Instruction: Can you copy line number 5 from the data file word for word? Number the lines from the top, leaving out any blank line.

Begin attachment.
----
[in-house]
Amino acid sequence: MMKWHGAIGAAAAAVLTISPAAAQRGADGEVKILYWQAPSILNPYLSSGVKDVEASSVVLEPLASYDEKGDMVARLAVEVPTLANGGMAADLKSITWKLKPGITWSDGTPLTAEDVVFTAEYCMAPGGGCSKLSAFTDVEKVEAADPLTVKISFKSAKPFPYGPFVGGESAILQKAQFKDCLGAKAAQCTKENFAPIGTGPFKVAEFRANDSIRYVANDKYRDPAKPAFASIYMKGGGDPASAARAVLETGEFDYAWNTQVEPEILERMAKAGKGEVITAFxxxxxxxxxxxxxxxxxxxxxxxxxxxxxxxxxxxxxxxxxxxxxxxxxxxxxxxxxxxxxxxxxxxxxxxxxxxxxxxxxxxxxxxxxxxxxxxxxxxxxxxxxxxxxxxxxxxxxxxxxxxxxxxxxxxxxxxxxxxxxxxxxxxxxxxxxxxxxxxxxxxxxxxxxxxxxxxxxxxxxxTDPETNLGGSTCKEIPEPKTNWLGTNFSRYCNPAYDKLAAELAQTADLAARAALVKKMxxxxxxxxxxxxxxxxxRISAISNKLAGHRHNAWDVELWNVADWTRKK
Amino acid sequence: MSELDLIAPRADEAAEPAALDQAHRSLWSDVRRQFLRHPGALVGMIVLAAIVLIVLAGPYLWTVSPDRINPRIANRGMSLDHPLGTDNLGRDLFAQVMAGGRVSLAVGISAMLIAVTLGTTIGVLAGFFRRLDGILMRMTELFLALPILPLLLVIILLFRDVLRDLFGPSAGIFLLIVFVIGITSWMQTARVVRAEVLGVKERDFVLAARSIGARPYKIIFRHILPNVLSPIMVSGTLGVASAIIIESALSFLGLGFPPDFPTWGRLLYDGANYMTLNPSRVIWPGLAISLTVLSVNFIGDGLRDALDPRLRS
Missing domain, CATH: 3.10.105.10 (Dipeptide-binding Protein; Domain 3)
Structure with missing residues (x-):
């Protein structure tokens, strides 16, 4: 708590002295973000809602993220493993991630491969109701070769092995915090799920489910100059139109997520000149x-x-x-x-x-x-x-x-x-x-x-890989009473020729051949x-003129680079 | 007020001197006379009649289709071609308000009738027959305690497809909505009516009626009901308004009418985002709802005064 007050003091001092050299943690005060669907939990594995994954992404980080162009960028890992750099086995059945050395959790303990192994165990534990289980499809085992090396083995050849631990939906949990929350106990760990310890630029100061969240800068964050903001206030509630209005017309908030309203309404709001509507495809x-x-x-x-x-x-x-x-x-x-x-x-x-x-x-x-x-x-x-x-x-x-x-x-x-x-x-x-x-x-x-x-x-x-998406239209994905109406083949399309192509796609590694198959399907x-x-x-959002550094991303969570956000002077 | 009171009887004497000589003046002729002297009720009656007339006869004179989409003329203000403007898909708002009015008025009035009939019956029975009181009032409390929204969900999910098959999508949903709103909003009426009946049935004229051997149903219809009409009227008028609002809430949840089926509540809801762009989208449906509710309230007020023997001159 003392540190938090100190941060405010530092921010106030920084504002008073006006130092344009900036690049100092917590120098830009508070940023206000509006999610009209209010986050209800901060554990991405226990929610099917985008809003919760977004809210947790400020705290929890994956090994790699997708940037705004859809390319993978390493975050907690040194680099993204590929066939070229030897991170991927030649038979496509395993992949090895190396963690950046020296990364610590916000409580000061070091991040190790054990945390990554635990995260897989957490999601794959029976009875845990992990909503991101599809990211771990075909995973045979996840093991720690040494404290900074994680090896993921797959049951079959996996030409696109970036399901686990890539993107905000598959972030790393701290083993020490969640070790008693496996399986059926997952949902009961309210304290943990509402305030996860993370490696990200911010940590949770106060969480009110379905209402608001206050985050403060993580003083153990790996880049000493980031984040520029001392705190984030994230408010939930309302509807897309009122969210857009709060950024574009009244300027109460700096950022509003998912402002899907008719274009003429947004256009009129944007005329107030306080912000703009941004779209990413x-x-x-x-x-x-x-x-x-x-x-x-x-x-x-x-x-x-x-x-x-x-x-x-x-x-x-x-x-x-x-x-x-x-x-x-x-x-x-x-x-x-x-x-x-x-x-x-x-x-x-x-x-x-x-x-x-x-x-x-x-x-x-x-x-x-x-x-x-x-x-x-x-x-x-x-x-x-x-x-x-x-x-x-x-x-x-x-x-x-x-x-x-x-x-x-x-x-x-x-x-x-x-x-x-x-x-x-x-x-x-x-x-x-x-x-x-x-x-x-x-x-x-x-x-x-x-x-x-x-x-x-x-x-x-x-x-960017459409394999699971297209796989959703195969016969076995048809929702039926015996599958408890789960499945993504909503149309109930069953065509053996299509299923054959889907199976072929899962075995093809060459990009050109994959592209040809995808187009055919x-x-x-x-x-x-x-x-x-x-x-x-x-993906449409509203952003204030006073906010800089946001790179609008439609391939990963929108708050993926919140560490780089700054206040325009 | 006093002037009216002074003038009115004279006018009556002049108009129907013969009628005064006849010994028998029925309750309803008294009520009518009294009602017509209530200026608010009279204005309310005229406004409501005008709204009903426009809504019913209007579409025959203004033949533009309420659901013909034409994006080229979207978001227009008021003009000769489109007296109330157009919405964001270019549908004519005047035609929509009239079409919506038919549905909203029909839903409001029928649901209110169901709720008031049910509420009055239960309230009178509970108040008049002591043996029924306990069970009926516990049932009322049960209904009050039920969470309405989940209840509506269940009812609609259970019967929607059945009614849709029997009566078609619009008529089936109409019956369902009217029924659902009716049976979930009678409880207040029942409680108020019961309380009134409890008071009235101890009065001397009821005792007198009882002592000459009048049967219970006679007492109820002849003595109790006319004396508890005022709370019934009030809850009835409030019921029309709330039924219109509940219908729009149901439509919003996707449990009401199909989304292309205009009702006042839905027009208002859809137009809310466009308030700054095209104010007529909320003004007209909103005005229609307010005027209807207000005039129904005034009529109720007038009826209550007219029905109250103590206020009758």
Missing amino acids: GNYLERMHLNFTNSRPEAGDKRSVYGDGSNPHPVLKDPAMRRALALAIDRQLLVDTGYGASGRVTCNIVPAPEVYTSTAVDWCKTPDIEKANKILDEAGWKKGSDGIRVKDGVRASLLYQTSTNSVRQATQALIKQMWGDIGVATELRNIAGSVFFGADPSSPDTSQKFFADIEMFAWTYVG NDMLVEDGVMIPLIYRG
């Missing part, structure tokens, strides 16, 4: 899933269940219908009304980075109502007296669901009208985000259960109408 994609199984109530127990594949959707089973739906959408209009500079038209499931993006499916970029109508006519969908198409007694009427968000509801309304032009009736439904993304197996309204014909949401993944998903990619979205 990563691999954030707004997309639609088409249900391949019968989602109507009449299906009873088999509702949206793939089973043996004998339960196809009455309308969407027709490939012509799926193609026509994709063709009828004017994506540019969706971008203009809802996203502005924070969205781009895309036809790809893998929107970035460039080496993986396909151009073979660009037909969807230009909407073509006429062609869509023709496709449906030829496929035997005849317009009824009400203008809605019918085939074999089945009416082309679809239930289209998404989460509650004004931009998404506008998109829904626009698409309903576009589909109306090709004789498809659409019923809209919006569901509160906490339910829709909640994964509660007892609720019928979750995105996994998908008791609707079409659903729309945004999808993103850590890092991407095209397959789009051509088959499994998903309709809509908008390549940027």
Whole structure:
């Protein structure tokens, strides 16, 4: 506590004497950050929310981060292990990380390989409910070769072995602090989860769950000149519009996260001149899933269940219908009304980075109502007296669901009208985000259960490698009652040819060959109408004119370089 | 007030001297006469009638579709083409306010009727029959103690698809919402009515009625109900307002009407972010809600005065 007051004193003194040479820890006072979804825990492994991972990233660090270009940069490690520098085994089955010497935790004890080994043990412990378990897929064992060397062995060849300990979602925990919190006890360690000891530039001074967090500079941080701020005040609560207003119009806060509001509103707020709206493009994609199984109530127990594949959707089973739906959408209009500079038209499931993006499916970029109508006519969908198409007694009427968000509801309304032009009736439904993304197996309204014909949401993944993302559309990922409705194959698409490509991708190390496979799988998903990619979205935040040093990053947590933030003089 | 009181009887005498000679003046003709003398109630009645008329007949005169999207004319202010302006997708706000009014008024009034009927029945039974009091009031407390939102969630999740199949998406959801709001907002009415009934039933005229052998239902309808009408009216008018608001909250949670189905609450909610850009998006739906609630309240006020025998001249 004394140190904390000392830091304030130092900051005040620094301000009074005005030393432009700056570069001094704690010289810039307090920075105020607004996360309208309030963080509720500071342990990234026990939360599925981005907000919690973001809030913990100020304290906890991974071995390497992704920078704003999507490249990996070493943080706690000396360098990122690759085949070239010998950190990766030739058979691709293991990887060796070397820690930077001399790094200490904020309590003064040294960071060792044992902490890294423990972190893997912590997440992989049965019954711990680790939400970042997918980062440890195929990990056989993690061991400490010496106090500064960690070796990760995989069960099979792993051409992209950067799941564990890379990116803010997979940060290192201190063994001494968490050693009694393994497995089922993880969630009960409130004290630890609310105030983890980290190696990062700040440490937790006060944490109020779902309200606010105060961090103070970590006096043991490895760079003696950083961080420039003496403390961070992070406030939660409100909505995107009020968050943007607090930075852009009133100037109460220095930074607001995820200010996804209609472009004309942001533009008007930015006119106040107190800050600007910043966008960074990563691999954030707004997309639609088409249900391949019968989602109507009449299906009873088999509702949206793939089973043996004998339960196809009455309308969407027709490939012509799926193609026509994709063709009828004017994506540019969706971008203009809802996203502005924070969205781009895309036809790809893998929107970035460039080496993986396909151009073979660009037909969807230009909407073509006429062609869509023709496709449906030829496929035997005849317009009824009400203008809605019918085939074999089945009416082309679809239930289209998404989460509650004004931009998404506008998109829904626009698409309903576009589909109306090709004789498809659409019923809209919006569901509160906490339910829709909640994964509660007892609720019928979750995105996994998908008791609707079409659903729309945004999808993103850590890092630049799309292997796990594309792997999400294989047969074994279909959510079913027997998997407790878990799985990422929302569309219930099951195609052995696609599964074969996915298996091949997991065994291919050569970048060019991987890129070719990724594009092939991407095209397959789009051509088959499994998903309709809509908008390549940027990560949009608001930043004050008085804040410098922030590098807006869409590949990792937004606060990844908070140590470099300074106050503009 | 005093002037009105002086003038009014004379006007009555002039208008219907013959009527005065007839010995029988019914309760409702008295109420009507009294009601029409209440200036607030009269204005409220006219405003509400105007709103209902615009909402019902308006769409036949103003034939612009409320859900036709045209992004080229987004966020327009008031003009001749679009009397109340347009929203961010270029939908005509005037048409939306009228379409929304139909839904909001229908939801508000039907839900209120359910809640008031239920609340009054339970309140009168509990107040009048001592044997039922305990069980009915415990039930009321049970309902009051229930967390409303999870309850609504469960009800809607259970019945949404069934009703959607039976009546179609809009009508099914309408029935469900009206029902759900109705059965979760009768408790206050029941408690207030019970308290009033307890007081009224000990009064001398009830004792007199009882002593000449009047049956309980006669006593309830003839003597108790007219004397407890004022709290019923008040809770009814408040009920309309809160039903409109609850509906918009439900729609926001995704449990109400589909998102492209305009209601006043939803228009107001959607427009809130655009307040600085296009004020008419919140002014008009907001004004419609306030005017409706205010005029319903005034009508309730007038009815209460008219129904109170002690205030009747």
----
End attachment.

Structure with missing residues (x-):